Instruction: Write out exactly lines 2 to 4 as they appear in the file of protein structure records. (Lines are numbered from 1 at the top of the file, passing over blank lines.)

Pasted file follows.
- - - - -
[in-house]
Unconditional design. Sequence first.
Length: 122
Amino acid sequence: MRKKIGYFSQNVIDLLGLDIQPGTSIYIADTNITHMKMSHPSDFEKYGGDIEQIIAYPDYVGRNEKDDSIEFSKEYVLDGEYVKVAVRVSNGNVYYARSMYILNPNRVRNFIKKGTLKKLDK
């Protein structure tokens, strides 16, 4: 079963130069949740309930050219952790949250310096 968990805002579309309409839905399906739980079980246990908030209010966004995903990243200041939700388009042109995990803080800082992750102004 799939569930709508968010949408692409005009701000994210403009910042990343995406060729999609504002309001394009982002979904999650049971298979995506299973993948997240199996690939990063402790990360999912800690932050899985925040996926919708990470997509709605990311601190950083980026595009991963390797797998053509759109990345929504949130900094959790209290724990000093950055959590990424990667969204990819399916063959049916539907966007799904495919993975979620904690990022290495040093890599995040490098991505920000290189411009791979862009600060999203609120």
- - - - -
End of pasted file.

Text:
Unconditional design. Sequence first.
Length: 122
Amino acid sequence: MRKKIGYFSQNVIDLLGLDIQPGTSIYIADTNITHMKMSHPSDFEKYGGDIEQIIAYPDYVGRNEKDDSIEFSKEYVLDGEYVKVAVRVSNGNVYYARSMYILNPNRVRNFIKKGTLKKLDK